4:30am

Tue August 30, 2011
NPR Story

Polyester Strings Put More Spin On A Tennis Ball

Great tennis legends used to use heavy wooden rackets. Graphite arrived about 25 years ago. Since then, the technology hasn't change much. That is until now. More and more pros are using polyester strings in their rackets.

2:00am

Tue August 30, 2011
Business

Irene Forces Laptop Users To Find WiFi Outlets

In addition to the frustration of food spoiling in refrigerators and darkened homes, the loss of the Internet is heightening the anxieties of power-less utility customers. In some towns, free WiFi coffee shops have become a hot spot for the disconnected. Craig Lemoult of member station WSHU reports.

2:00am

Tue August 30, 2011
Business

Obama Nominates Krueger As Top Economic Adviser

Steve Inskeep talks to David Wessel of "The Wall Street Journal," about President Obama's choice of Alan Krueger as chairman of the White House Council of Economic Advisors, and the president's jobs plan.

2:00am

Tue August 30, 2011
Business

The Last Word In Business

David Greene has the Last Word in business.

2:00am

Tue August 30, 2011
NPR Story

Liyban Rebels Wary Of Sub-Saharan Africans

Now that Moammar Gadhafi's regime has lost control of the Libyan capital Tripoli, some Africans have been left vulnerable to attack. Many rebels believe any dark man from sub-Saharan Africa is a Gadhafi mercenary. The Africans say they are in Libya either as laborers or waiting to get to Italy. The International Organization for Migration says their plight is a significant problem.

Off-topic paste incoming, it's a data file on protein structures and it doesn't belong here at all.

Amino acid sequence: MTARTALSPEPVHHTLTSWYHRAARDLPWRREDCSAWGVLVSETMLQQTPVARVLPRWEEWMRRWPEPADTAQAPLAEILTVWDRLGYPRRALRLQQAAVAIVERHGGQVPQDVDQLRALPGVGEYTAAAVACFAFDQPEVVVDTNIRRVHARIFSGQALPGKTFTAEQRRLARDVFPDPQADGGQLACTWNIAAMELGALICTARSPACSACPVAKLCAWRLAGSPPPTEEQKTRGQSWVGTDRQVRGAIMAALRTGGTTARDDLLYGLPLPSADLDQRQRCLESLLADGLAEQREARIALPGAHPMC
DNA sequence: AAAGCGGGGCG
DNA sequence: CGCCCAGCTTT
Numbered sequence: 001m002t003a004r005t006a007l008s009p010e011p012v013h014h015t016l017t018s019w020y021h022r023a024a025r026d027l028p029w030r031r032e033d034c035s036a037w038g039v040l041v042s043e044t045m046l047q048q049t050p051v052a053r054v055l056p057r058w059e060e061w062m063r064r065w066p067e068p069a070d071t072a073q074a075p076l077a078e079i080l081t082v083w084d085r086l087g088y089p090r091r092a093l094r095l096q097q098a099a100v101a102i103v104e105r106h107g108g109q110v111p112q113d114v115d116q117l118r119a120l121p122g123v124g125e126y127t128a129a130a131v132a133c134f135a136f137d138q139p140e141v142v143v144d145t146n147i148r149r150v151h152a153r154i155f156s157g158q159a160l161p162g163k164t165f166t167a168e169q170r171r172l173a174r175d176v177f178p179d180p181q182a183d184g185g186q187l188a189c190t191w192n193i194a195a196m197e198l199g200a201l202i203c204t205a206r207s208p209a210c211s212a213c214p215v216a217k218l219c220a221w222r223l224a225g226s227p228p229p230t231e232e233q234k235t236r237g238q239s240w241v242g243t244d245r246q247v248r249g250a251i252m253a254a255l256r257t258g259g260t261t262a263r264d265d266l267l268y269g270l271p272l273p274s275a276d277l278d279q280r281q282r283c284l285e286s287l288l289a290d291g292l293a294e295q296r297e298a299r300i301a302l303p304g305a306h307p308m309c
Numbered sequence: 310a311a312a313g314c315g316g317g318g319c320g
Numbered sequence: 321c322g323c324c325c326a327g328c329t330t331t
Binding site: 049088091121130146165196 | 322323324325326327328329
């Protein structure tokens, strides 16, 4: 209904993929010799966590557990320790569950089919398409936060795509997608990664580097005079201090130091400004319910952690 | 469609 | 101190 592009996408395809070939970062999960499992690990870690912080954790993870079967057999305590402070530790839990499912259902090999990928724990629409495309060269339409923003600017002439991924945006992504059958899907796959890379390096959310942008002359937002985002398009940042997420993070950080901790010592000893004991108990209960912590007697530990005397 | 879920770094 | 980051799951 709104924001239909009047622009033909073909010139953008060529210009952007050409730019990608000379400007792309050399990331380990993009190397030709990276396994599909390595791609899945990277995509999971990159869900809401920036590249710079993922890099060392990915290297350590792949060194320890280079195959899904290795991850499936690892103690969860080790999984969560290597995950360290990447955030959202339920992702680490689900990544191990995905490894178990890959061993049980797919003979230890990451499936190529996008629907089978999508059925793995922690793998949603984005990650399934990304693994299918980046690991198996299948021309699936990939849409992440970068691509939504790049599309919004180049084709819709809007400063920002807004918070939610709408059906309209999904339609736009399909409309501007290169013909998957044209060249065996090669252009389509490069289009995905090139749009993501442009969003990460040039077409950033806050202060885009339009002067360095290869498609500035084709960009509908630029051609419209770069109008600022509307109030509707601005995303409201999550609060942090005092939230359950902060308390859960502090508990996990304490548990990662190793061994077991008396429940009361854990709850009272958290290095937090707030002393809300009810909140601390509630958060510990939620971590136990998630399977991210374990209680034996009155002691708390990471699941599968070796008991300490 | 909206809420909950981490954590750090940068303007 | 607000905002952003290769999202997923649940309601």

2:00am

Tue August 30, 2011
NPR Story

On Syrian-Sponsored Trip, Everyone Stays On Script

As the international community ratchets up criticism of Syria for its violent crackdown on anti-government protesters, the country is becoming more and more isolated. That means it's being forced to lean on allies like Russia and Iran. NPR's Kelly McEvers recently returned from a government-sponsored tour of Syria, mainly for reporters from countries that support regime.

2:00am

Tue August 30, 2011
NPR Story

Flash Floods Devastate Upstate New York

Parts of upstate New York were hit hard by Tropical Storm Irene — high winds and a wall of heavy rain swept away homes and bridges. Dozens of major highways, including sections of interstates 87 and 90, were closed to traffic.

2:00am

Tue August 30, 2011
Africa

Gadhafi Family Members Flee Libya To Algeria

Many of Libyan leader Moammar Gadhafi's family members have turned up in Algeria. It's not known if Gadhafi is with them. The Algerian Foreign Ministry said in a statement that Gadhafi's wife Safia, his sons Hannibal and Mohammed, and his daughter Aisha entered the country across the land border.

2:00am

Tue August 30, 2011
Business

Business News

Steve Inskeep has business news.

10:01pm

Mon August 29, 2011
The Record

Songs Of The Summer: How To Win The Season

Summer songs: best if played outside before September 21.
Mike Weinberg flickr.com

Ann Powers spoke with David Greene on NPR's Morning Edition about summer songs — those tracks that, as she wrote last week, hit the perfect balance of fun cliches and light-hearted rhythm. They also often hit the top of the charts. But what do those summer songs do to draw us in?

Read more

10:01pm

Mon August 29, 2011
Crime In The City

Moscow, In A Time Of Fear

Remembering Russia's Dark Past: Tom Rob Smith's crime novels follow Soviet security agent Leo Demidov through 1950s Moscow, when Josef Stalin ruled the Kremlin and simply associating with the wrong people could land you in jail.
And all that Malarkey via Flickr

The novels of Tom Rob Smith are set mostly in the Soviet Union of the 1950s, a time and a place where oppression was palpable and any wrong move could get a person sent to a prison thousands of miles away.

Smith's first thriller, Child 44, was the story of a Soviet security agent whose job was to spy on fellow citizens. While many authors are virtual tour guides in the places where they set their novels, Smith had actually only been to Moscow once before — in 1997, on a high school trip.

Read more

Pages